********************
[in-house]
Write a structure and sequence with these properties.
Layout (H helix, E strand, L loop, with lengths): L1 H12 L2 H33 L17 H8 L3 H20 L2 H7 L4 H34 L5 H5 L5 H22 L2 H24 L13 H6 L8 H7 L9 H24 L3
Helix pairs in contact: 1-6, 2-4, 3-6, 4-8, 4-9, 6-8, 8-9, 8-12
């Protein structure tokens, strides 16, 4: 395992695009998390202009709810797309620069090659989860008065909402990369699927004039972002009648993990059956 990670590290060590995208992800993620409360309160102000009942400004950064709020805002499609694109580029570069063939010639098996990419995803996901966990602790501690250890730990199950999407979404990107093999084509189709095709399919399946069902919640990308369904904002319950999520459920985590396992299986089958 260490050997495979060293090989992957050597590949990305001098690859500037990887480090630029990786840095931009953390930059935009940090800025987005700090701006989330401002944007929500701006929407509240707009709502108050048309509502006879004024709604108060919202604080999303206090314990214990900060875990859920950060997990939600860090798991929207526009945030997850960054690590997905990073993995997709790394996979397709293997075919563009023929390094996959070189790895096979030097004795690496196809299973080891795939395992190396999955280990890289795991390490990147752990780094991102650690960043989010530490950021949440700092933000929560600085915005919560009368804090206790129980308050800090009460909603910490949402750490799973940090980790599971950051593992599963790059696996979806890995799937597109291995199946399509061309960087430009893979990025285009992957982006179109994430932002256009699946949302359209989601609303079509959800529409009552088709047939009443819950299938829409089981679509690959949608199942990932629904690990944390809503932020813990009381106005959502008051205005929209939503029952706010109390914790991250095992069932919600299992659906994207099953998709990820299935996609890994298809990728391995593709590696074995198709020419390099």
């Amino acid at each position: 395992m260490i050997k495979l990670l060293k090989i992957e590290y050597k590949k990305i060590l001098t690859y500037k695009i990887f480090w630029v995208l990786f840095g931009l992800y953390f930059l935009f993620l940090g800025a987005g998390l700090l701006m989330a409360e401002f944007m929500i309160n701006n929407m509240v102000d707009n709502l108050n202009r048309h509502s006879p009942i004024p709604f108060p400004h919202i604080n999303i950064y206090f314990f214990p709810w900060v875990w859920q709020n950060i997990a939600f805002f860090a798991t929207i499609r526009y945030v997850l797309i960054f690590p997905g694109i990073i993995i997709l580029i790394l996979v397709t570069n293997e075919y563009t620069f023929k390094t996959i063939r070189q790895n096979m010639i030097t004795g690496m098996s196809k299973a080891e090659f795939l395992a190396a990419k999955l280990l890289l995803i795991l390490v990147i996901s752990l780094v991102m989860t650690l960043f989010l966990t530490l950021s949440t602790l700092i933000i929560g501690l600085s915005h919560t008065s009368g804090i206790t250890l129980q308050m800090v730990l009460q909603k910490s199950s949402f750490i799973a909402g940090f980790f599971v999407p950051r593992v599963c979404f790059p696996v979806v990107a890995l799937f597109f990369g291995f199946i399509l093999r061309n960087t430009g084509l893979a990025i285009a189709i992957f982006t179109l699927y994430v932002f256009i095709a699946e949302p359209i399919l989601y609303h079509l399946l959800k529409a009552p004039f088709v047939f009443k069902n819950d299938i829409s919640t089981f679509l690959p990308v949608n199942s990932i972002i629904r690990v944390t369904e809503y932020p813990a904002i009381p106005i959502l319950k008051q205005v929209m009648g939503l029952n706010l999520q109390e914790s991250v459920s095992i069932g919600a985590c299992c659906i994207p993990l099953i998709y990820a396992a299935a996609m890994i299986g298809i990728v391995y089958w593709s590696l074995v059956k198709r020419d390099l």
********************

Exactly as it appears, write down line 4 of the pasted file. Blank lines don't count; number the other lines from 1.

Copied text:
Helix pairs in contact: 1-6, 2-4, 3-6, 4-8, 4-9, 6-8, 8-9, 8-12